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Tree well law suit - Page 2

post #31 of 41

My opinion and that is all but. If you have signage and some public education saying, "this is a hazard, one step to take is do not ski without a partner and watch for each other" you have done what you can. It is unreasonable to expect any operator to eliminate all hazard and risk.

 

If people cannot accept that, perhaps it is time for them to take up extreme knitting.

post #32 of 41
Quote:
Originally Posted by Scott43 View Post
 

This reminds me of the definition of a liberal: someone who believes that every possible activity should be either government regulated or illegal.  :duck:

http://www.merriam-webster.com/dictionary/liberal

 

http://www.merriam-webster.com/dictionary/conservative

 

edjakate urself

post #33 of 41
Quote:


I sense that your sarcasm detector is broken... :D

post #34 of 41
Quote:
Originally Posted by HRPufnStf View Post
 

^^^ Agreed.  Not just in this case, but everywhere.  The world gets to be more of a Nanny State every year.

 

Trying to be optimistic here, but there is a slim thread of a chance that this case will be decided in a sane manner, which could help set legal precedent for this kind of nonsense suit at the federal level.

 

Hey, if you don't have hope, you don't have anything!


A few quick observations.

 

I don't know why this case is in federal court because the decision doesn't discuss the basis of federal jurisdiction (something that really pisses off federal appellate courts). While a citizen of state X can sue a citizen of State Y in federal court (diversity jurisdiction), foreign nationals cannot. My best guess is that someone on the plaintiffs' side has dual citizenship with a state other than Montana. The federal court in such a case applies state law. Here it's obviously Montana law. Whether the judge is 100% right or 100% wrong, it won't be binding on Montana state courts, or even other federal courts.

 

Denying summary judgment just means that there is a question of fact, even a small one, that must be decided by a jury. Trial courts are hesitant to grant summary judgment on any close question because an appellate court can just send it back for trial if it finds a question of fact.

 

Although every state may interpret it differently, in general the doctrine of assumption of risk, as applied to skiing, is that the skier assumes all risks inherent in the sport. So, since snow is slippery, ice forms when the temperature falls, trees are hard if you hit them and tend not to move out of your way, etc., and you get injured or worse, you have no right of recovery against the ski area (which doesn't mean you can't sue them anyway). I would think that tree wells would be included in the category of risks inherent in skiing, especially off-piste skiing. You don't have to warn about every conceivable risk. Also, as a general rule, remedial measures taken after the fact, like amending a law or rule to specifically include a risk that wasn't previously mentioned, do not amount to negligence.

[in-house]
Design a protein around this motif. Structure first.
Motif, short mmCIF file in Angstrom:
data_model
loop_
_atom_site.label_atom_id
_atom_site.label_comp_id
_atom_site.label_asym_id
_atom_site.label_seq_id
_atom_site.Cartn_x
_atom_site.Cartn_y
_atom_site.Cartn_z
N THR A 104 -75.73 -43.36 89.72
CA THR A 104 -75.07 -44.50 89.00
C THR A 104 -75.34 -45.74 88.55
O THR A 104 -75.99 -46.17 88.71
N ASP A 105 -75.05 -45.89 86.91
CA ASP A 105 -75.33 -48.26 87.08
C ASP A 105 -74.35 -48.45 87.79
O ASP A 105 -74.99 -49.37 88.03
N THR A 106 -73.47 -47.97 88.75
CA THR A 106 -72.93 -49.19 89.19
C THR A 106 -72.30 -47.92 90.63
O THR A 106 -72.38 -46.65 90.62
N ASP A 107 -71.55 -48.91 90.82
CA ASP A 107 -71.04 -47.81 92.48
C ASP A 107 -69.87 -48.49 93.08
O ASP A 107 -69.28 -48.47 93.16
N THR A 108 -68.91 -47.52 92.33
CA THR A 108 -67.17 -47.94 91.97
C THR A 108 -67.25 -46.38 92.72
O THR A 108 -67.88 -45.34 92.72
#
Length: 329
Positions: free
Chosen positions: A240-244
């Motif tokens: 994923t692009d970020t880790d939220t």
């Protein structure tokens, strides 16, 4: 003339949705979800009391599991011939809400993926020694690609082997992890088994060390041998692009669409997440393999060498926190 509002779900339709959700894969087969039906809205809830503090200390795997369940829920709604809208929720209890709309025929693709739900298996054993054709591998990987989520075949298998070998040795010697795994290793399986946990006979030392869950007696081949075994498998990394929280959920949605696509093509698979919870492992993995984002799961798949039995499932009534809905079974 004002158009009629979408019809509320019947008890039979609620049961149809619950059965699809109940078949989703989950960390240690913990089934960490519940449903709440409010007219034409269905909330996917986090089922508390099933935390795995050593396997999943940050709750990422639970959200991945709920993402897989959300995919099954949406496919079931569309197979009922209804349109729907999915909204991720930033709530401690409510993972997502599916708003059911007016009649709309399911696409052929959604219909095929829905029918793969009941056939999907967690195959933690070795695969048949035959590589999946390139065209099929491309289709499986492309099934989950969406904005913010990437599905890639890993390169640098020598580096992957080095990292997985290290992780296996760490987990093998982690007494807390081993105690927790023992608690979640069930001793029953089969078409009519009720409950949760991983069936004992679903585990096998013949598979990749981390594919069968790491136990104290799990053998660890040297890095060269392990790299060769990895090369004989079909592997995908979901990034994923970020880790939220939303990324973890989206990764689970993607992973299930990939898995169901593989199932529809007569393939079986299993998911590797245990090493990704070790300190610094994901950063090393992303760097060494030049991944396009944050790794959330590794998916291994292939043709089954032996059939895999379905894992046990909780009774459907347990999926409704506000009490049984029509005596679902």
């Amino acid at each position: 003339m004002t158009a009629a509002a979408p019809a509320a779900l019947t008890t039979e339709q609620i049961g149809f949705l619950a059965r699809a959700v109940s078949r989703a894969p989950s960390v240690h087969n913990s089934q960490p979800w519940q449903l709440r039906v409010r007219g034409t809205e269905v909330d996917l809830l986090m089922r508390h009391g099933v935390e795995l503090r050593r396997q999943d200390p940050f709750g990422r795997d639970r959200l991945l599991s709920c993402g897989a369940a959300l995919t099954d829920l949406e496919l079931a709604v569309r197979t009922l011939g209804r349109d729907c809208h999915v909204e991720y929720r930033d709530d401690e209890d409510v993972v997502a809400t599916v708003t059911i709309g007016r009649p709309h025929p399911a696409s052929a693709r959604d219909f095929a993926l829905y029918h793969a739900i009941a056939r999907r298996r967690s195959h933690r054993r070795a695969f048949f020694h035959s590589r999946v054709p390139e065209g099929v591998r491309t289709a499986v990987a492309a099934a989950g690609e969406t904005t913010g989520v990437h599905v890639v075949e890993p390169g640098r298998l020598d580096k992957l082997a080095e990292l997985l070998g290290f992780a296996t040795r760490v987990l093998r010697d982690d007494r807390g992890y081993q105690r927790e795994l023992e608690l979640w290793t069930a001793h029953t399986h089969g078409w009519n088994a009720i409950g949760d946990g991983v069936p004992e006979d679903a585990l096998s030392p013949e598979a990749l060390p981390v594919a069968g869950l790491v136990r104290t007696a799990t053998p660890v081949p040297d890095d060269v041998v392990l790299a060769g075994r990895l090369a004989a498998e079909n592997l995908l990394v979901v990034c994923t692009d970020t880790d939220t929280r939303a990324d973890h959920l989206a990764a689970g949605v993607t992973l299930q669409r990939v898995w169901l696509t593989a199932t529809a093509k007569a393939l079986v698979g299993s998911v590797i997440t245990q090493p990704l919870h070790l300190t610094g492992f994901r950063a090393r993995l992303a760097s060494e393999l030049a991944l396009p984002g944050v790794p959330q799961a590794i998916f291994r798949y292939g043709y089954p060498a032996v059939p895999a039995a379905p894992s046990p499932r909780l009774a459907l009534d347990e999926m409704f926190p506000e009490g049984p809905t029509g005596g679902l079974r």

So why would they sue? Because defendants might settle, just because it might be cheaper than defending it. Happens all the time.

post #35 of 41
Thread Starter 
I'm hoping it goes to jury trial and they clearly lose.

And yes, if this were my kid, I'd be heartbroken. I once was an exchange student as well, and caused my parents no end of worry.
post #36 of 41

Poor kid. Terrible tragedy. Especially since he was so far from home.

 

Like the tax code, if we and future generations are to enjoy life more or less as we know it, the legal system must be radically curtailed before it gets worse.

 

We really ought to fix this stuff for our kids.

post #37 of 41
Quote:
Originally Posted by sibhusky View Post

I'm hoping it goes to jury trial and they clearly lose.

And yes, if this were my kid, I'd be heartbroken. I once was an exchange student as well, and caused my parents no end of worry.


Yeah, I mean, let's be clear, it's a terrible, heartbreaking tragedy.  But at the end of the day..

post #38 of 41
Quote:
Originally Posted by Scott43 View Post
 


Yeah, I mean, let's be clear, it's a terrible, heartbreaking tragedy.  But at the end of the day..


But at the end of the day the kid was clueless and it should not be the resorts problem.  What do the parents want?  The resort to OB all the trees:eek  Skiing is a risky sport.  To sue because $h!t happens, isn't the way to handle a tragedy in my simple world.

post #39 of 41
Thread Starter 
We don't know the kid was "clueless". He was unlucky. He fell into a well just on the edge of a trail on a day with bad visibility. No one saw him in time. End of story. Could happen to anyone skiing either alone or with friends who are oblivious/too far off/just looking the other way. No fault of the victim, no fault of the resort. Bad luck.
post #40 of 41

A case can be filed in either Federal or State  court. It is my experience that you have a better chance of a summary motion being upheld in Federal court so there is a  chance the resort had this one removed to Federal court. You can do this if the plaintiff lives outside the jurisdictional state. I have found that judges will try and identify what is not included in a statute as opposed  to what language is contained in it. This case will not doubt be decided in court by a jury.

    One scary aspect is that some plaintiffs have filed outside the states jurisdiction on the grounds that businesses advertise on the internet and therefore are doing business in other jurisdictions. This has been upheld on a few instances.             

post #41 of 41
Thread Starter 
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